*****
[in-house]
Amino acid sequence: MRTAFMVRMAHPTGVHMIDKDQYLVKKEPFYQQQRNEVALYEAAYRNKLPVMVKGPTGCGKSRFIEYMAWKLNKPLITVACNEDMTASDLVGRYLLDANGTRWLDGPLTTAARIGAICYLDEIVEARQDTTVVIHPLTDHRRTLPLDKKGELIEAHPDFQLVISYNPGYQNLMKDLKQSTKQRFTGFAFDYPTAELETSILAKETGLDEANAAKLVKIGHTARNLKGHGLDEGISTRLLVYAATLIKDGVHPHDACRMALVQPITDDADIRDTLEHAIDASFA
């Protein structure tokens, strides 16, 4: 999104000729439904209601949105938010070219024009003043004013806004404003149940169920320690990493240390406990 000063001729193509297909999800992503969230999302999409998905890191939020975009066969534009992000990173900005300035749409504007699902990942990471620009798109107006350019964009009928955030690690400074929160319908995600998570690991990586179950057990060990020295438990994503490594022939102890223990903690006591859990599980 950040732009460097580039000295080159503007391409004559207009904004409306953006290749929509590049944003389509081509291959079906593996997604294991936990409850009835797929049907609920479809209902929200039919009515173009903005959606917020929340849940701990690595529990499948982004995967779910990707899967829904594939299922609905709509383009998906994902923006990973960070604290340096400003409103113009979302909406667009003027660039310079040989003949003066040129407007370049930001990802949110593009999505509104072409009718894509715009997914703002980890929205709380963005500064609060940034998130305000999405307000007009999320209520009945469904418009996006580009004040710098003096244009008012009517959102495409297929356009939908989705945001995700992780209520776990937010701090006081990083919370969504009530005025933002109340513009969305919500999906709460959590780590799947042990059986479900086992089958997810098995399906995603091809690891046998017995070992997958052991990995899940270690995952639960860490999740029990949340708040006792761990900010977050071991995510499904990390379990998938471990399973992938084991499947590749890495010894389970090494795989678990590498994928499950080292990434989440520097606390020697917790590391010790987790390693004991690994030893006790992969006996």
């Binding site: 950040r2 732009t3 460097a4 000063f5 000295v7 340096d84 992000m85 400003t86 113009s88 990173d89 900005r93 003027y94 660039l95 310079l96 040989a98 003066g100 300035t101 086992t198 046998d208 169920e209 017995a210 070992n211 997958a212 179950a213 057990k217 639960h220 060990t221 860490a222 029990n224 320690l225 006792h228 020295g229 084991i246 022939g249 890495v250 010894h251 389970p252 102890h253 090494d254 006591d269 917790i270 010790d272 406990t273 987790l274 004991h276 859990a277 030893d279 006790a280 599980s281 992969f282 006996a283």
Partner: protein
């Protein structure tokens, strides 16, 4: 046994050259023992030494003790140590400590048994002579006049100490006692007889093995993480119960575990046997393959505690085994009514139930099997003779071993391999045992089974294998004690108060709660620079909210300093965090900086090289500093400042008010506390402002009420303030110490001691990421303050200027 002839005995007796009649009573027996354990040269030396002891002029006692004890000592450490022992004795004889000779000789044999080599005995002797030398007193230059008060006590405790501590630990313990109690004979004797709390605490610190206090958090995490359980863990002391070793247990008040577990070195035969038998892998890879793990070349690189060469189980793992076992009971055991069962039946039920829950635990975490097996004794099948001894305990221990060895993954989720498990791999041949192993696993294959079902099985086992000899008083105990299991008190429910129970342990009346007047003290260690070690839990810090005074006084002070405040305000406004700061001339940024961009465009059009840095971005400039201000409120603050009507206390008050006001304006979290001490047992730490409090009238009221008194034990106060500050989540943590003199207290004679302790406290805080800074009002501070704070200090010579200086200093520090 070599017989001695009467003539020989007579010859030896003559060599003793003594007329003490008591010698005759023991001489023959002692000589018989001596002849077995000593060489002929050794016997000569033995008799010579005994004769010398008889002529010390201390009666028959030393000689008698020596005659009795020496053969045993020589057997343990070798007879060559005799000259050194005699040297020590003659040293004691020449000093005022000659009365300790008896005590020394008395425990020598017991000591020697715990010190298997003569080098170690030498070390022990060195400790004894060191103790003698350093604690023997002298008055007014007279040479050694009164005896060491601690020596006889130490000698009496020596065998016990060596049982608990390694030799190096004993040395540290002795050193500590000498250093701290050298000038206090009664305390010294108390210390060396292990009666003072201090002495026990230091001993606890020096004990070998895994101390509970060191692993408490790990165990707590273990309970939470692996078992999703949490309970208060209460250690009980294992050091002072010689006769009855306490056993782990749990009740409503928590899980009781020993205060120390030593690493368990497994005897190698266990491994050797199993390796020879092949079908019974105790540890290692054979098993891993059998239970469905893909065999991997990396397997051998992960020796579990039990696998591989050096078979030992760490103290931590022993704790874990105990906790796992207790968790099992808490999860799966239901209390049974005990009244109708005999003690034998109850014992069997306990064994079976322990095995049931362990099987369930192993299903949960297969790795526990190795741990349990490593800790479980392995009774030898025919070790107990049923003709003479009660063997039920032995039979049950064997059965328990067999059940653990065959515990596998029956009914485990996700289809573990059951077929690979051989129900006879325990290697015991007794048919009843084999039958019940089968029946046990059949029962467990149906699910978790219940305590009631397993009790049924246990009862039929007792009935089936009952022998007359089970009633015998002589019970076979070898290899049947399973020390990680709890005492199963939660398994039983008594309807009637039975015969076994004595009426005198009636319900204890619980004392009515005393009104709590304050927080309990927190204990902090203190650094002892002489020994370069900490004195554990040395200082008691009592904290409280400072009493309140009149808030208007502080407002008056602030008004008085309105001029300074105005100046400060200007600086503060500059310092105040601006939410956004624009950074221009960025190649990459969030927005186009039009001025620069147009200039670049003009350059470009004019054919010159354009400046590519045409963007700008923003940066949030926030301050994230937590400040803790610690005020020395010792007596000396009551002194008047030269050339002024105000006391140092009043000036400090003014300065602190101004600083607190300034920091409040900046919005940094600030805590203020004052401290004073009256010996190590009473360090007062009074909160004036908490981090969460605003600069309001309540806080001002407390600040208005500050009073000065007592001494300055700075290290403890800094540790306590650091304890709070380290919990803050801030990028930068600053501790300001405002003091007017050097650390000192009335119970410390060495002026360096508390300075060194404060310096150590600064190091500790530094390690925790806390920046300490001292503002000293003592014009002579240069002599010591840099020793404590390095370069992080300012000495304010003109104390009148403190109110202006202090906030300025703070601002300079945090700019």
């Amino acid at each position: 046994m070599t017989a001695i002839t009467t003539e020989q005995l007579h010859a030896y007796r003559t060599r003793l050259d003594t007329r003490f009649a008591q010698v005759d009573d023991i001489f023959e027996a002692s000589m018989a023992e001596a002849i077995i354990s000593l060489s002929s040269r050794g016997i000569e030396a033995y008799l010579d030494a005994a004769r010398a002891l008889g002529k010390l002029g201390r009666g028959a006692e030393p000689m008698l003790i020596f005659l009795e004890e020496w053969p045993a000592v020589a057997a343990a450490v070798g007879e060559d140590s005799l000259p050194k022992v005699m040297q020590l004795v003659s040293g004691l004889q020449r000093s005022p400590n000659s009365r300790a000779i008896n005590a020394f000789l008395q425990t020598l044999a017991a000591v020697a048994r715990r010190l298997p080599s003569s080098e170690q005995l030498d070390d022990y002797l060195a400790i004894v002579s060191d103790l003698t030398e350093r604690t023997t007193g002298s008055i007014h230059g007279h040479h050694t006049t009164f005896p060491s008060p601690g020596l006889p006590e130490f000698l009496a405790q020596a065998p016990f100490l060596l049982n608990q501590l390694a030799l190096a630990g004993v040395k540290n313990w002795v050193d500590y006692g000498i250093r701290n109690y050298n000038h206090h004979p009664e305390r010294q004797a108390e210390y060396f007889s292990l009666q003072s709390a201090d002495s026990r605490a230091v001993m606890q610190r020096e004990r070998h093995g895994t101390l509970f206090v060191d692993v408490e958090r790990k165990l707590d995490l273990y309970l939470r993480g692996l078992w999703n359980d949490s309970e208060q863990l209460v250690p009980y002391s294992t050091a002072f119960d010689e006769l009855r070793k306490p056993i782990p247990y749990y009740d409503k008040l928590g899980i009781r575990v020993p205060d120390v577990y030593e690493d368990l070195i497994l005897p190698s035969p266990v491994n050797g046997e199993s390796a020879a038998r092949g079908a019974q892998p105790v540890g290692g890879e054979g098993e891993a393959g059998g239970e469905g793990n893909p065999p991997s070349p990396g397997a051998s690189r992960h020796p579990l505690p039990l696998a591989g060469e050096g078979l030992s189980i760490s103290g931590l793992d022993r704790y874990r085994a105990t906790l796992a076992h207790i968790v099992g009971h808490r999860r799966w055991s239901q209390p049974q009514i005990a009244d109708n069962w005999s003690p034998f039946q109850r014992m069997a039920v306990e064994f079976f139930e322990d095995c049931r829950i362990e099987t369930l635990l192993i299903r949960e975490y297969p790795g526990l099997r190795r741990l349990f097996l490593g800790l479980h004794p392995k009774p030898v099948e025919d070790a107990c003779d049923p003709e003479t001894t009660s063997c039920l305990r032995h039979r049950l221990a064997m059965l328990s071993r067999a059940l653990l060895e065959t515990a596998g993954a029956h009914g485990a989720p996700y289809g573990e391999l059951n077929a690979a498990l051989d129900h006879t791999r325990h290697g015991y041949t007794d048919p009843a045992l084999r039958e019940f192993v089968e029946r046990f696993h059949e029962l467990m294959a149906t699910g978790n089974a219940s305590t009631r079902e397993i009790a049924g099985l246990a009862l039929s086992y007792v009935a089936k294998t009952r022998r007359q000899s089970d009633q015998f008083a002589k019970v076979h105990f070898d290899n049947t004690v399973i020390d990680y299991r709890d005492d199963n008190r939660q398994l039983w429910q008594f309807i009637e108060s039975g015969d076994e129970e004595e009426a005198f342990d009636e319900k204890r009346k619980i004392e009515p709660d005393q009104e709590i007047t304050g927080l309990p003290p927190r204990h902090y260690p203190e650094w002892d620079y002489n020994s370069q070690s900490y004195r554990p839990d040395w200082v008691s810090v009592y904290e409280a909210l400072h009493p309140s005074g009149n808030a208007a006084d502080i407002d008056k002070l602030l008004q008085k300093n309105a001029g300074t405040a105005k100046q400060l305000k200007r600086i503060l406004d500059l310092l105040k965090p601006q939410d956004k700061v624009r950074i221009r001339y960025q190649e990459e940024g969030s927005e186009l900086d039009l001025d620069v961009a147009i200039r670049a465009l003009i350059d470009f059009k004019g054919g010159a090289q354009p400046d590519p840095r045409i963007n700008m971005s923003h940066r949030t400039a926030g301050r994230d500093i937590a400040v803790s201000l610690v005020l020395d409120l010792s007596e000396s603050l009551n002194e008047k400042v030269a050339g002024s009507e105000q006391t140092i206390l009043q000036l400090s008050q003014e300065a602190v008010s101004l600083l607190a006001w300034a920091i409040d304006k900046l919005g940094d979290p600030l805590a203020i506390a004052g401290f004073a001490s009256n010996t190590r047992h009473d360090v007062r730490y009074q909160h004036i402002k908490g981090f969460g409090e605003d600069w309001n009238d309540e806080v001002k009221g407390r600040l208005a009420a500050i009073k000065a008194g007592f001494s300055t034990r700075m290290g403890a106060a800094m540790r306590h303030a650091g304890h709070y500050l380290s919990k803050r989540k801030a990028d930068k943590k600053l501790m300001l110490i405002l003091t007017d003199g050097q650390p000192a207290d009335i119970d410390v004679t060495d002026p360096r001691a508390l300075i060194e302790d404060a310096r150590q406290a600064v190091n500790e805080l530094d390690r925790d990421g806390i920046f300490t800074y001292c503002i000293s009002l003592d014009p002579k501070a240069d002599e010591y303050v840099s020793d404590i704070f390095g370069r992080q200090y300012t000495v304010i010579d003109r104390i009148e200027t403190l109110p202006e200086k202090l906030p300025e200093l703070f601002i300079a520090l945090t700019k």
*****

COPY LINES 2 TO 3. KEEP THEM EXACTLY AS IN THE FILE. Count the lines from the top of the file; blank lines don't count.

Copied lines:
Amino acid sequence: MRTAFMVRMAHPTGVHMIDKDQYLVKKEPFYQQQRNEVALYEAAYRNKLPVMVKGPTGCGKSRFIEYMAWKLNKPLITVACNEDMTASDLVGRYLLDANGTRWLDGPLTTAARIGAICYLDEIVEARQDTTVVIHPLTDHRRTLPLDKKGELIEAHPDFQLVISYNPGYQNLMKDLKQSTKQRFTGFAFDYPTAELETSILAKETGLDEANAAKLVKIGHTARNLKGHGLDEGISTRLLVYAATLIKDGVHPHDACRMALVQPITDDADIRDTLEHAIDASFA
């Protein structure tokens, strides 16, 4: 999104000729439904209601949105938010070219024009003043004013806004404003149940169920320690990493240390406990 000063001729193509297909999800992503969230999302999409998905890191939020975009066969534009992000990173900005300035749409504007699902990942990471620009798109107006350019964009009928955030690690400074929160319908995600998570690991990586179950057990060990020295438990994503490594022939102890223990903690006591859990599980 950040732009460097580039000295080159503007391409004559207009904004409306953006290749929509590049944003389509081509291959079906593996997604294991936990409850009835797929049907609920479809209902929200039919009515173009903005959606917020929340849940701990690595529990499948982004995967779910990707899967829904594939299922609905709509383009998906994902923006990973960070604290340096400003409103113009979302909406667009003027660039310079040989003949003066040129407007370049930001990802949110593009999505509104072409009718894509715009997914703002980890929205709380963005500064609060940034998130305000999405307000007009999320209520009945469904418009996006580009004040710098003096244009008012009517959102495409297929356009939908989705945001995700992780209520776990937010701090006081990083919370969504009530005025933002109340513009969305919500999906709460959590780590799947042990059986479900086992089958997810098995399906995603091809690891046998017995070992997958052991990995899940270690995952639960860490999740029990949340708040006792761990900010977050071991995510499904990390379990998938471990399973992938084991499947590749890495010894389970090494795989678990590498994928499950080292990434989440520097606390020697917790590391010790987790390693004991690994030893006790992969006996």